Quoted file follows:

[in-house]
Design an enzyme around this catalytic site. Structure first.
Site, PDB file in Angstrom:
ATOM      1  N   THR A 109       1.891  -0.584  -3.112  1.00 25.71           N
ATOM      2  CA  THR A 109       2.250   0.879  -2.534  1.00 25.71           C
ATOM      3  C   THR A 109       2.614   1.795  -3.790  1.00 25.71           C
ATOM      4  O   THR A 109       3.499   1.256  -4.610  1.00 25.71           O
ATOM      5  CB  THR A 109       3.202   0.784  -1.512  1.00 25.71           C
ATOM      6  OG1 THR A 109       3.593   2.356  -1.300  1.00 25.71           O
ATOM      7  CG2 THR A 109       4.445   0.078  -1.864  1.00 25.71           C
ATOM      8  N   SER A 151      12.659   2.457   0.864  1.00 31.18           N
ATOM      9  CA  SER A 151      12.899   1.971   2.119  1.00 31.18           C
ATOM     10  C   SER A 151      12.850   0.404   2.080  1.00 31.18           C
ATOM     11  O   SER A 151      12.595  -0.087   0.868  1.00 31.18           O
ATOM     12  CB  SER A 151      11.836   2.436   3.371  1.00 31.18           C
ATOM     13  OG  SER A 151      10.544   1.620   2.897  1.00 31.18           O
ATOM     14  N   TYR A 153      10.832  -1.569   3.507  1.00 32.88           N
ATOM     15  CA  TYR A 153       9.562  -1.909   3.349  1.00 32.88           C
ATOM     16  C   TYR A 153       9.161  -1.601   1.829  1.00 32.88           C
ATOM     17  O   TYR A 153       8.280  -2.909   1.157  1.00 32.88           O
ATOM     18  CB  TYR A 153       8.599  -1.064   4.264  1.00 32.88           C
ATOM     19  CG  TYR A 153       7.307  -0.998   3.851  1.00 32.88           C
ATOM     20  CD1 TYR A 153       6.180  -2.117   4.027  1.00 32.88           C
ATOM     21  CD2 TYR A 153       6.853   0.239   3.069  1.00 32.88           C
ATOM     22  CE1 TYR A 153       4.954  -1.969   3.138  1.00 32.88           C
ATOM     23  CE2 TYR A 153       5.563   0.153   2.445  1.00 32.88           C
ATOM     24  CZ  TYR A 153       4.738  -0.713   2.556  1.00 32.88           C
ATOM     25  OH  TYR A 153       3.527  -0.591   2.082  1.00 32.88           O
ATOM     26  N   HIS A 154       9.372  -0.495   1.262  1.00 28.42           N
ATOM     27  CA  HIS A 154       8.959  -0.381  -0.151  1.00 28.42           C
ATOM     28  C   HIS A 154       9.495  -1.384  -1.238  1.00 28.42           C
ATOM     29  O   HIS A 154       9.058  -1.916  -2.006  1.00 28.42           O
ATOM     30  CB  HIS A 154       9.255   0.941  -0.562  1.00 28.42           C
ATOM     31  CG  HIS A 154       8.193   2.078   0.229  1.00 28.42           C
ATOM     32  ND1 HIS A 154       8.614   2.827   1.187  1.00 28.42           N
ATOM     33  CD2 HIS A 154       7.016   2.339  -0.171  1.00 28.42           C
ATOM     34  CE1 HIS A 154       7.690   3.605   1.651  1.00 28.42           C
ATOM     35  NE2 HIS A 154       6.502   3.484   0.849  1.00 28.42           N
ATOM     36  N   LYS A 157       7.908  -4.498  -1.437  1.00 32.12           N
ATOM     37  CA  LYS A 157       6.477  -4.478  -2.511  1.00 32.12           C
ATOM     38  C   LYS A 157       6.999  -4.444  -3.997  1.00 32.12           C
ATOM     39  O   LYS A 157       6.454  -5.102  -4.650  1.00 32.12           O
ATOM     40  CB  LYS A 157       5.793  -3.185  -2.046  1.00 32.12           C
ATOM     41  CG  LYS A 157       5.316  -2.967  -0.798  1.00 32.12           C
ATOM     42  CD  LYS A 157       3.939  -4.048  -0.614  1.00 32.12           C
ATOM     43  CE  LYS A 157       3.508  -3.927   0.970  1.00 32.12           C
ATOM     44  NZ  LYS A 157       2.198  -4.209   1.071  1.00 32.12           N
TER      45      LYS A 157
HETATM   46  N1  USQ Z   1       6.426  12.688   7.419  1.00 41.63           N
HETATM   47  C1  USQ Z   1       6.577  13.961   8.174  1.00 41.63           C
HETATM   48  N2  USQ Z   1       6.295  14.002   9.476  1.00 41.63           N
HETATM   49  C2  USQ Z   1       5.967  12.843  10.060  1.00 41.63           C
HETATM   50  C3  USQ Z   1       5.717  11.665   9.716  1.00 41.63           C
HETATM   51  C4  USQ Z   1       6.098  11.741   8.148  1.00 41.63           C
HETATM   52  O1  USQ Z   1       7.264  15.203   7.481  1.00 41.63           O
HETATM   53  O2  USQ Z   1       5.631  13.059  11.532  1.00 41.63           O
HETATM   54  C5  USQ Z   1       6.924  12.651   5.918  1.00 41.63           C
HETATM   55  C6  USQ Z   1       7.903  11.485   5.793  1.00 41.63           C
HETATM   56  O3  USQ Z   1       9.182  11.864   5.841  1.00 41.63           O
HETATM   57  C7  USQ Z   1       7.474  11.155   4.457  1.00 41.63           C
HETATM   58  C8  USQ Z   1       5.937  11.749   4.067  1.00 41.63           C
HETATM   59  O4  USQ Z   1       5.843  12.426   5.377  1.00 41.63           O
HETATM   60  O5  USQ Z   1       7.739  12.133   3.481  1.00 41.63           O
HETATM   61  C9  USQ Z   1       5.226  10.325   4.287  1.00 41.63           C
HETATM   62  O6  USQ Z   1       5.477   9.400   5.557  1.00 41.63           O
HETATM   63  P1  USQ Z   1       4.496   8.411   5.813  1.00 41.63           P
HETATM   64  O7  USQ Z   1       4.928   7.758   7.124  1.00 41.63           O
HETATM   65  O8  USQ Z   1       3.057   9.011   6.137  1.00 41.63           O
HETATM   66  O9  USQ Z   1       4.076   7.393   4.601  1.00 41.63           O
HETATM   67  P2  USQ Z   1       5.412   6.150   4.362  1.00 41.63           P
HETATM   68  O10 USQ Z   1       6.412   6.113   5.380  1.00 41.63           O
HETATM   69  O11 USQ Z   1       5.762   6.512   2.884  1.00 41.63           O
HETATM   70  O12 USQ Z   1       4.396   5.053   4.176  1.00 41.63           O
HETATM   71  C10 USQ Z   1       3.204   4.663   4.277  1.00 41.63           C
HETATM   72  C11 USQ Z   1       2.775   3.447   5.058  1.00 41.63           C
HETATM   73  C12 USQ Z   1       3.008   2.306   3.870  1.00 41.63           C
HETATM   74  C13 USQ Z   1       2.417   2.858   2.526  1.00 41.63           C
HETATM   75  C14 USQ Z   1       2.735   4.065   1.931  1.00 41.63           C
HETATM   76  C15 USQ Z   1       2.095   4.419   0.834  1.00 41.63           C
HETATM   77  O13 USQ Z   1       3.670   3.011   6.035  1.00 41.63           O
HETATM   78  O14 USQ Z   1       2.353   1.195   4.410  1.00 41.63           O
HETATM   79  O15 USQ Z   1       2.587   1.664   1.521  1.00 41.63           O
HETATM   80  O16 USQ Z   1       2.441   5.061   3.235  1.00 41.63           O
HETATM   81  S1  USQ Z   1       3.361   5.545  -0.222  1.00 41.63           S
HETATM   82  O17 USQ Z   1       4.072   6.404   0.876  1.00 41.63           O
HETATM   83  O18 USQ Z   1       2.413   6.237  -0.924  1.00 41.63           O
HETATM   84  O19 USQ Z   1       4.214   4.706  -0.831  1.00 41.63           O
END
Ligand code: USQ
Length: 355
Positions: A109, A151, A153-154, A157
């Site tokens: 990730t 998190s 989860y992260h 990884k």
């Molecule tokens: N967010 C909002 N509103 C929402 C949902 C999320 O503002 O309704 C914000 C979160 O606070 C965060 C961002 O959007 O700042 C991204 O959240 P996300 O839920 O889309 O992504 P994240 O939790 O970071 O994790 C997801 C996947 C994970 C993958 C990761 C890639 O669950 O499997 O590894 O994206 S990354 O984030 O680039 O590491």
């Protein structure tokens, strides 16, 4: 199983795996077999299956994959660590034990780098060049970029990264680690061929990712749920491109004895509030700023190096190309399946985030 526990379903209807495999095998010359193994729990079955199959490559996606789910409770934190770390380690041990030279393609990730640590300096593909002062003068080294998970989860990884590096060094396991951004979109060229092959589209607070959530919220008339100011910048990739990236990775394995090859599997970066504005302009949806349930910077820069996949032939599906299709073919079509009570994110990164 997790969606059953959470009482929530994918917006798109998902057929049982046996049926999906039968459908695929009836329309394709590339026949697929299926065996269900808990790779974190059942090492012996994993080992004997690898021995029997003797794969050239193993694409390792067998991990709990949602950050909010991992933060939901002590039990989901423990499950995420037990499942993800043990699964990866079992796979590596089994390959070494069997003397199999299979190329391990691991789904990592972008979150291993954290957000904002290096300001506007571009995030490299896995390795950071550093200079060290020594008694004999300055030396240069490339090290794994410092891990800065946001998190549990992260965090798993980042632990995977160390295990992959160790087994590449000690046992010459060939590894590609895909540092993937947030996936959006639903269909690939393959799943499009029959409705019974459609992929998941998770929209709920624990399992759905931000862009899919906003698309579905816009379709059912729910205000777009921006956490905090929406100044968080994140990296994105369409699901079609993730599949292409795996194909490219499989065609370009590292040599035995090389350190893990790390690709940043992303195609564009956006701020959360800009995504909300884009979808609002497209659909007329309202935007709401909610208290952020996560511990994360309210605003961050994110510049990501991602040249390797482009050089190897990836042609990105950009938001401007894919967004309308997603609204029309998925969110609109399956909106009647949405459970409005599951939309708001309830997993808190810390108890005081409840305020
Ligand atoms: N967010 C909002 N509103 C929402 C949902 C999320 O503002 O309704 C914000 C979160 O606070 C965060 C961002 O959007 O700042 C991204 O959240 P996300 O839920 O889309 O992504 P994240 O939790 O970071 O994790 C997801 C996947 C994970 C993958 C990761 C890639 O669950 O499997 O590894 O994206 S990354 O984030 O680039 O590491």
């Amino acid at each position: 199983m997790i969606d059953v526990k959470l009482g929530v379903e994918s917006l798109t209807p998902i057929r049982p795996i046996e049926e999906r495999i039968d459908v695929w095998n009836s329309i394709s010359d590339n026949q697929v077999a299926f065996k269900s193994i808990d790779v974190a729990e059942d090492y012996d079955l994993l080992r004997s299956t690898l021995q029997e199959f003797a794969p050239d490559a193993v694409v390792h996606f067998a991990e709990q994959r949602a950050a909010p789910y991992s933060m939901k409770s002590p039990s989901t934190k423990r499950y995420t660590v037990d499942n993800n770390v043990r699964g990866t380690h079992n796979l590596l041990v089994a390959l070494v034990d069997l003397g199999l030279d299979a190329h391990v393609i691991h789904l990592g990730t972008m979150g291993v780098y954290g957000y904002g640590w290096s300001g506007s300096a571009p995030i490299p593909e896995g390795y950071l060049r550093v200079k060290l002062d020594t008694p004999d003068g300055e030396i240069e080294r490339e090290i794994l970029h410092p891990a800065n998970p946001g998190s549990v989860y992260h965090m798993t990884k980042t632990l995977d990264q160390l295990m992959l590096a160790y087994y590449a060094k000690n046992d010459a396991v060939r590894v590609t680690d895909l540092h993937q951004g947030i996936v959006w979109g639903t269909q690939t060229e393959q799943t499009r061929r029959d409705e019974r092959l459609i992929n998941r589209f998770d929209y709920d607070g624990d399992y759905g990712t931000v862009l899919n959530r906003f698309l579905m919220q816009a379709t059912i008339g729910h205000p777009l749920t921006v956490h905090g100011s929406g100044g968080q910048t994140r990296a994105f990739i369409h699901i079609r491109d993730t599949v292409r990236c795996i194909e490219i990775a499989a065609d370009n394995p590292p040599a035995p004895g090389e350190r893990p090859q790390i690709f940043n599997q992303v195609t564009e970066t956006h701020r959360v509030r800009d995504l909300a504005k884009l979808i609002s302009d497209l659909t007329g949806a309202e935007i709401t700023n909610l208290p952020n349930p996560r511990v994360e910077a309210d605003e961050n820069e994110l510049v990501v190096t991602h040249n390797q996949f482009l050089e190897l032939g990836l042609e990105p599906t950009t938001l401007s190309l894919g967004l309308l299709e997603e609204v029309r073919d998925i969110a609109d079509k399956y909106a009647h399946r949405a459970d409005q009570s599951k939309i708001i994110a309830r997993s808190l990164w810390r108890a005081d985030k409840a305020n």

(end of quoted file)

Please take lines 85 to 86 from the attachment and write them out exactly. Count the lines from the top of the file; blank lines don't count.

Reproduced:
HETATM   82  O17 USQ Z   1       4.072   6.404   0.876  1.00 41.63           O
HETATM   83  O18 USQ Z   1       2.413   6.237  -0.924  1.00 41.63           O